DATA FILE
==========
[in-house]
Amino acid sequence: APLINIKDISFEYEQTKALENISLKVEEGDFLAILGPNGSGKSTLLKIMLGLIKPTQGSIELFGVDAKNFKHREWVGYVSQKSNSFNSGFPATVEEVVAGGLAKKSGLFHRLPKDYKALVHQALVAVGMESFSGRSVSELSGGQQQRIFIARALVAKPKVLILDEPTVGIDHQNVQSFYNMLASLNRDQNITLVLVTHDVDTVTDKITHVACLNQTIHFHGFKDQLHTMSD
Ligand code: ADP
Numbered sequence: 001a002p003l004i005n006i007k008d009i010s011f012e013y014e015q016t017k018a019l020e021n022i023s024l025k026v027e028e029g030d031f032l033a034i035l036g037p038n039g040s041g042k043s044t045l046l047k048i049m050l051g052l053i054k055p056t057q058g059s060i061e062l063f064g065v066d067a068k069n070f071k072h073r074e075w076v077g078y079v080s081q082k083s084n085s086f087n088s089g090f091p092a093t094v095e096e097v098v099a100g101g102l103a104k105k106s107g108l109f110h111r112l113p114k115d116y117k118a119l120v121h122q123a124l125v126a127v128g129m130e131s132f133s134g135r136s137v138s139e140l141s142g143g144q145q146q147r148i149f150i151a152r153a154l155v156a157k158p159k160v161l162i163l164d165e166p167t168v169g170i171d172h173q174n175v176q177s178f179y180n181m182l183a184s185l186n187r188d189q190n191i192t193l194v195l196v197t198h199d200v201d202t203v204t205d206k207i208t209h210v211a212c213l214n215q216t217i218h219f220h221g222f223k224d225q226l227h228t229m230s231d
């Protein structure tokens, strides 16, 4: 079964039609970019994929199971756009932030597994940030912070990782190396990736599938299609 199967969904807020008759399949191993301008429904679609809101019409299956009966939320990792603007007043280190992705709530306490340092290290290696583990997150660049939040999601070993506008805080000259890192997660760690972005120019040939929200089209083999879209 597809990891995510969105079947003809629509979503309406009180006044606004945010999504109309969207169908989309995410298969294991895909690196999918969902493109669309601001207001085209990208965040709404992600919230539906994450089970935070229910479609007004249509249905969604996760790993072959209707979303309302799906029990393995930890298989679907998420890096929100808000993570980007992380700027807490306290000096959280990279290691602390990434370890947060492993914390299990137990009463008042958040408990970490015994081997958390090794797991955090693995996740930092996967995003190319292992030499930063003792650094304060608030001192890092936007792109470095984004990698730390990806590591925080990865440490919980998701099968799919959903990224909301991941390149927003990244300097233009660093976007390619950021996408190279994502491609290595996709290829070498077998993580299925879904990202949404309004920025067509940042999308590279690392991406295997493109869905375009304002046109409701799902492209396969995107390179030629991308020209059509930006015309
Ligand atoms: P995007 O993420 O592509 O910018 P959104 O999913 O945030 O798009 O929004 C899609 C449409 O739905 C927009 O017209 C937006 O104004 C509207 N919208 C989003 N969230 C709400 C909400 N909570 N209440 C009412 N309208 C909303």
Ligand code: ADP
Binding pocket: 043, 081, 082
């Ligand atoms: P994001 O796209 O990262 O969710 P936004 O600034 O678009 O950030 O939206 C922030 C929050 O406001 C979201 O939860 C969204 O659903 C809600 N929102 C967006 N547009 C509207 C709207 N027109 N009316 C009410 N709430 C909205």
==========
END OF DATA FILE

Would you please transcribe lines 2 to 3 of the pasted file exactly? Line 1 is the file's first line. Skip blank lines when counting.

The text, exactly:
Amino acid sequence: APLINIKDISFEYEQTKALENISLKVEEGDFLAILGPNGSGKSTLLKIMLGLIKPTQGSIELFGVDAKNFKHREWVGYVSQKSNSFNSGFPATVEEVVAGGLAKKSGLFHRLPKDYKALVHQALVAVGMESFSGRSVSELSGGQQQRIFIARALVAKPKVLILDEPTVGIDHQNVQSFYNMLASLNRDQNITLVLVTHDVDTVTDKITHVACLNQTIHFHGFKDQLHTMSD
Ligand code: ADP